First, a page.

Three months after we started dating, my boyfriend, Carl, was scheduled to close on his house. He was finally getting two things he always wanted: a home and a dog.
I was thrilled he would no longer be living with his parents and was excited for the second part of that equation, too. I was not ready for a dog of my own, so this seemed like a great compromise. If my boyfriend got one, he’d do the hard work. I’d do the cuddles.
We ended up at animal control, looking — just looking — at dogs for him to adopt with his closing date two weeks away. In the very last cage, we found our girl. Small and white, spots on her ears and snout, she looked up at us with big brown eyes. I bent down so she could smell me. She licked my fingers. We were told that if Carl wanted this dog, he would have to put a hold on her now and take her in three to four days.
Carl’s parents already had two dogs and didn’t want any more, even for a short period. I, on the other hand, had no other animals at home. I was in love with the dog, now named Lucy, and was in the middle of falling in love with Carl. I agreed to foster her for 10 days until he closed on his house.
“Are you sure?” he asked. “I don’t want this to mess us up.”
I was excited. What could possibly go wrong?
The first day with Lucy was full of cuddles and no accidents. But we soon realized she wasn’t housebroken; she just wanted complete privacy, something I didn’t give her that first day.
The second day, my roommate carried Lucy to her bed and Lucy peed all over my roommate’s duvet. I was now determined to potty-train this dog, never mind that it wasn’t my job.
Meanwhile, I had real work, too. Because I work from home, it was easy to prioritize the dog. But taking care of Lucy was so demanding that it was impossible to get any work done.
That night, she woke me with a fierce cough, and I noticed that her belly was swollen from being spayed. Carl and I rushed her to the vet, where we were told she had kennel cough and that she was probably allergic to the sutures from her spay. I’d have to give her an antibiotic and put compresses on her belly a few times a day.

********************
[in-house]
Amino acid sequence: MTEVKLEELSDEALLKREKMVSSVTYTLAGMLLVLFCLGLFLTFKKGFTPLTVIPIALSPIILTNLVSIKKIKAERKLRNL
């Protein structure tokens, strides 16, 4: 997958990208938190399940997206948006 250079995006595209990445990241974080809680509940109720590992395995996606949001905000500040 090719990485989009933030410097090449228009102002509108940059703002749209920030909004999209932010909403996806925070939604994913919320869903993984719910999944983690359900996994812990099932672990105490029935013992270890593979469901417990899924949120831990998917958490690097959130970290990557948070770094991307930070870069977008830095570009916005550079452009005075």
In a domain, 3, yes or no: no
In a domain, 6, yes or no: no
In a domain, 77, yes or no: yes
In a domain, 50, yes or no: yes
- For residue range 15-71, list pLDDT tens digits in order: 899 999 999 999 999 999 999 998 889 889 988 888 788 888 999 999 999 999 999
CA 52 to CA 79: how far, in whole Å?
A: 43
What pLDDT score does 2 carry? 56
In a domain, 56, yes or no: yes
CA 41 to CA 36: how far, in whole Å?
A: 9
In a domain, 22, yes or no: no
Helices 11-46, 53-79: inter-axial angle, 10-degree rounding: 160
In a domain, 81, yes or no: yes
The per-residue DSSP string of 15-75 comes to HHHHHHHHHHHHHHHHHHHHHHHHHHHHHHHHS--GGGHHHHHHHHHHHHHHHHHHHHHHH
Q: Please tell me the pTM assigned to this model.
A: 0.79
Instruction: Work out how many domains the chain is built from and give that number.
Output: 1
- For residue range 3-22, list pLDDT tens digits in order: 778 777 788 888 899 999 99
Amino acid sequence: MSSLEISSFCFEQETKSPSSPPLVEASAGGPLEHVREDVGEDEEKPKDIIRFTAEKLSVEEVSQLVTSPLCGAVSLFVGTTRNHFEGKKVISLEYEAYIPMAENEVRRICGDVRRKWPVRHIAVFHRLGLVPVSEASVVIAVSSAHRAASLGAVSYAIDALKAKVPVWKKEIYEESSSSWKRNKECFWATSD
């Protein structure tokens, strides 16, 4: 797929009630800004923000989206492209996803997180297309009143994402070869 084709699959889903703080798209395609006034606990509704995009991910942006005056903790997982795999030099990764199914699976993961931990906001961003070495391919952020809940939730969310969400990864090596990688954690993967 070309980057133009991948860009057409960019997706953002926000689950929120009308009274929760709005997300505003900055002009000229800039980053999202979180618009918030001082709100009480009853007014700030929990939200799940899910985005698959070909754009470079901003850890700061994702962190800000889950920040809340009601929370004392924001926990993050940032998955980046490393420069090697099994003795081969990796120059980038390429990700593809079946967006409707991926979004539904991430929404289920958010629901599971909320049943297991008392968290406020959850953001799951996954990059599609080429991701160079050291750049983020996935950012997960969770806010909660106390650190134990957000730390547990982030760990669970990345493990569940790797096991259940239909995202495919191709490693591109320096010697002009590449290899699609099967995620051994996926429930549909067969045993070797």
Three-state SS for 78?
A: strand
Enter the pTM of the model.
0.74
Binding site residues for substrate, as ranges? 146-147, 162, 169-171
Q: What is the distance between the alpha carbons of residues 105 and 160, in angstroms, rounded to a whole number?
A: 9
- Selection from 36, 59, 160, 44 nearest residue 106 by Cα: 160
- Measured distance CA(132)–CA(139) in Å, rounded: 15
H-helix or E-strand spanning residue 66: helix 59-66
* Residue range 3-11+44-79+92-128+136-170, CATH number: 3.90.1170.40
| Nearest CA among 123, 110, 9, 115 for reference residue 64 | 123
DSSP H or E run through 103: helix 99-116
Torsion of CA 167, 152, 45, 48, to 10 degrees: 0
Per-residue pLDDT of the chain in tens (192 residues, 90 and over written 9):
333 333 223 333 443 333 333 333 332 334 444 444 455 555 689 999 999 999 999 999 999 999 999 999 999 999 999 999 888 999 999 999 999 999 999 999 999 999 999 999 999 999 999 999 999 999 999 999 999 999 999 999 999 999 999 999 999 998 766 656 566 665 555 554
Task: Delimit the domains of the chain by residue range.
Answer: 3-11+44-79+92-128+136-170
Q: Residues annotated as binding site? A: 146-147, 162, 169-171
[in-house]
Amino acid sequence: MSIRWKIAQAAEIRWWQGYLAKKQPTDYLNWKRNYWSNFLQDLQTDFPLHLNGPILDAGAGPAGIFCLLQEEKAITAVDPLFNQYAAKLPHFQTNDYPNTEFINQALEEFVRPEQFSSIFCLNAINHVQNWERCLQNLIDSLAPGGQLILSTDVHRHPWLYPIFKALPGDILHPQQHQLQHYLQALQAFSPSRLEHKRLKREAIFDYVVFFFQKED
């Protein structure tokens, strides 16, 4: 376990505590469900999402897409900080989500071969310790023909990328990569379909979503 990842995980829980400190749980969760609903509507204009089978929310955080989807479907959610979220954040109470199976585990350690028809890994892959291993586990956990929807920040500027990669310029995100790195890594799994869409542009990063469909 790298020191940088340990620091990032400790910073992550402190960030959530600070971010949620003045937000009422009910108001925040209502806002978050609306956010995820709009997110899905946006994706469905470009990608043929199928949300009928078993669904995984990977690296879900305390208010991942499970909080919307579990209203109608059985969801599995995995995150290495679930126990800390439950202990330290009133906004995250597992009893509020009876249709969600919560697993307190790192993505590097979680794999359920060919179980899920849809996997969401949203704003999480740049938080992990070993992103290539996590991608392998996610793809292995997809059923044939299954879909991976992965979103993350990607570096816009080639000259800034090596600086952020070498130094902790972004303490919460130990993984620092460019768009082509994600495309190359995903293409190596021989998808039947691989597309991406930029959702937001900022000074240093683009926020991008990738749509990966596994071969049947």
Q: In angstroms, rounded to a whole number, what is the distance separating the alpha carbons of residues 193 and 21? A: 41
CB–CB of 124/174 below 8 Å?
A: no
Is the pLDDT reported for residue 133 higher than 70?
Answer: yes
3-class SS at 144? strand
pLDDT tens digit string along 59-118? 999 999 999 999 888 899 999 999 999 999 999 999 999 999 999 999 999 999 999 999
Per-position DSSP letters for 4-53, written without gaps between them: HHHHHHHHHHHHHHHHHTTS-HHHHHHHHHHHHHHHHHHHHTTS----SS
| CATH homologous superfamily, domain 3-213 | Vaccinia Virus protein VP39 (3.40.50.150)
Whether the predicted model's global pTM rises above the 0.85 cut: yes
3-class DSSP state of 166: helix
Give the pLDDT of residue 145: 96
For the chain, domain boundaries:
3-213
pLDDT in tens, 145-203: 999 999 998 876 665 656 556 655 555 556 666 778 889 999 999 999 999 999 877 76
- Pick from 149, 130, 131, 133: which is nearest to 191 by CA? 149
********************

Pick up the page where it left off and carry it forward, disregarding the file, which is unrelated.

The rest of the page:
Less than 24 hours later, Carl back at his parents’, I noticed hives in Lucy’s armpits. I panicked. The vet told us the dog had food allergies to either beef or poultry. We — or rather I — would have to eliminate foods and then reintroduce them.
On Super Bowl Sunday, Carl and I were trying to get Lucy to eat and drink. As Carl got ready to leave for a family party, I broke into sobs.
It was the first time he’d seen me cry. I’d gotten exactly zero writing done the past week, exhausted by the work Lucy required and the stress of all her problems. Oh, and it had been a while since I’d seen my own family — but yeah, sure, I’d stay home with his dog. Carl is the most generous person I know, but even generous people can be selfish sometimes. Didn’t he understand that by taking on a puppy he couldn’t always do what he wanted? Where was my teammate?
He admitted that he had been thinking of himself — not Lucy, not me. He promised to work on it.
Then his closing was pushed back a week.
Meanwhile, I was growing more resentful. I wondered: Was Carl capable of putting someone else’s needs before his own, such as those of this needy dog he adopted or, you know, his girlfriend? Did he value what I did for a living? Could he take constructive criticism and change? In essence: Was he a grown-up, and could he have a grown-up relationship?
I kept my eye on the calendar, knowing Lucy would be gone before it burst. Then his closing was pushed back a second time.
The vet dubbed Lucy a Velcro dog, and she was. Due to her past, Lucy has severe separation anxiety. In an entire month, I was only dog-free and boyfriend-free once. It was for a funeral. And yet, a part of me was high on the feeling of freedom, even as I felt the overwhelming sadness of the event. Talk about a wake-up call.
When I asked Carl to watch Lucy during the funeral, he agreed to “babysit” her. “You’re not babysitting her,” I shot back. “She’s your dog.”
He was given another closing date just as my credit card bill and rent were due. It was there in black and white what this dog had cost me in work. I freaked. The balloon of resentment popped the night he went to get drinks with a buddy. I unkindly told him to come get the dog. I’d used up all my patience. “I am done,” I told him.
But I realized I didn’t know what I wanted when it came to Carl. I was in an avalanche of stress, frustration and pressure. I didn’t know which way to dig: There was the dog. There was my money situation. There was the fact that I couldn’t leave the house. It was everything at once, and I didn’t know which feelings were real.
Carl was patient as I apologized, insisting I tell him all of my concerns regarding fostering Lucy — and our relationship. He promised to do whatever he could to alleviate my stress until he could take her off my hands. He didn’t defend himself. He listened.
Eventually, he did close on his house. We dug our way out of the avalanche, Lucy in tow. Now we both try to communicate so that nothing festers, so that the only thing between us is a squirming puppy, eager for cuddles and kisses.